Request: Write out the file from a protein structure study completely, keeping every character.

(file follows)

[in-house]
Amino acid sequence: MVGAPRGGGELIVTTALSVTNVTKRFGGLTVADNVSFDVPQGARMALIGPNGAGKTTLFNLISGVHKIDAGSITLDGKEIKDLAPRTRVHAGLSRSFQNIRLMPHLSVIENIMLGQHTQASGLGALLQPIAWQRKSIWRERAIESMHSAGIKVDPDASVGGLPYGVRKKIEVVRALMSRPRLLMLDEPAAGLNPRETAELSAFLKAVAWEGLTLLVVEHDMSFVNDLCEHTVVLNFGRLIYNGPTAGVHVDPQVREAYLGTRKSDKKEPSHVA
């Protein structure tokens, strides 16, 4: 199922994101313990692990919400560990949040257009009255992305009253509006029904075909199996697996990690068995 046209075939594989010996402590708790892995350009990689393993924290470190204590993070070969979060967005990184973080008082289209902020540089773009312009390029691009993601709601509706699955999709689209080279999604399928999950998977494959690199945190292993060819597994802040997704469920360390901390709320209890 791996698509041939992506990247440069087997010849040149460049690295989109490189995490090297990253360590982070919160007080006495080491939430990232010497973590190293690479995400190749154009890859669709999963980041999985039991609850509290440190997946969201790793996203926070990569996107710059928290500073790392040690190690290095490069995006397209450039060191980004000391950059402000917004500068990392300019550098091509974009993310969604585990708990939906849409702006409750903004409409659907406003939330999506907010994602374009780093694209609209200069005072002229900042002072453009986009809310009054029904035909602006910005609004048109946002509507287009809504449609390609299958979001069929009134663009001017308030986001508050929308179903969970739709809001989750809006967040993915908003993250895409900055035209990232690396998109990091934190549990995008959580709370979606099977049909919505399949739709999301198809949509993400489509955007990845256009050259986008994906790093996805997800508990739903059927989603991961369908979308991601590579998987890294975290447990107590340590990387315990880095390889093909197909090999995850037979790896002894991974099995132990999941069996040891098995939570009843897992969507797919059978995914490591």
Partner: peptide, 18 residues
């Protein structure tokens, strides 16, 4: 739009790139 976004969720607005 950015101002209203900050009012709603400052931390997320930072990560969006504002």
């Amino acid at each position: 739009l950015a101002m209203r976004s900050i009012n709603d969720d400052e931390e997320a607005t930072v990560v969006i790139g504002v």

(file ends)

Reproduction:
[in-house]
Amino acid sequence: MVGAPRGGGELIVTTALSVTNVTKRFGGLTVADNVSFDVPQGARMALIGPNGAGKTTLFNLISGVHKIDAGSITLDGKEIKDLAPRTRVHAGLSRSFQNIRLMPHLSVIENIMLGQHTQASGLGALLQPIAWQRKSIWRERAIESMHSAGIKVDPDASVGGLPYGVRKKIEVVRALMSRPRLLMLDEPAAGLNPRETAELSAFLKAVAWEGLTLLVVEHDMSFVNDLCEHTVVLNFGRLIYNGPTAGVHVDPQVREAYLGTRKSDKKEPSHVA
């Protein structure tokens, strides 16, 4: 199922994101313990692990919400560990949040257009009255992305009253509006029904075909199996697996990690068995 046209075939594989010996402590708790892995350009990689393993924290470190204590993070070969979060967005990184973080008082289209902020540089773009312009390029691009993601709601509706699955999709689209080279999604399928999950998977494959690199945190292993060819597994802040997704469920360390901390709320209890 791996698509041939992506990247440069087997010849040149460049690295989109490189995490090297990253360590982070919160007080006495080491939430990232010497973590190293690479995400190749154009890859669709999963980041999985039991609850509290440190997946969201790793996203926070990569996107710059928290500073790392040690190690290095490069995006397209450039060191980004000391950059402000917004500068990392300019550098091509974009993310969604585990708990939906849409702006409750903004409409659907406003939330999506907010994602374009780093694209609209200069005072002229900042002072453009986009809310009054029904035909602006910005609004048109946002509507287009809504449609390609299958979001069929009134663009001017308030986001508050929308179903969970739709809001989750809006967040993915908003993250895409900055035209990232690396998109990091934190549990995008959580709370979606099977049909919505399949739709999301198809949509993400489509955007990845256009050259986008994906790093996805997800508990739903059927989603991961369908979308991601590579998987890294975290447990107590340590990387315990880095390889093909197909090999995850037979790896002894991974099995132990999941069996040891098995939570009843897992969507797919059978995914490591």
Partner: peptide, 18 residues
């Protein structure tokens, strides 16, 4: 739009790139 976004969720607005 950015101002209203900050009012709603400052931390997320930072990560969006504002």
């Amino acid at each position: 739009l950015a101002m209203r976004s900050i009012n709603d969720d400052e931390e997320a607005t930072v990560v969006i790139g504002v």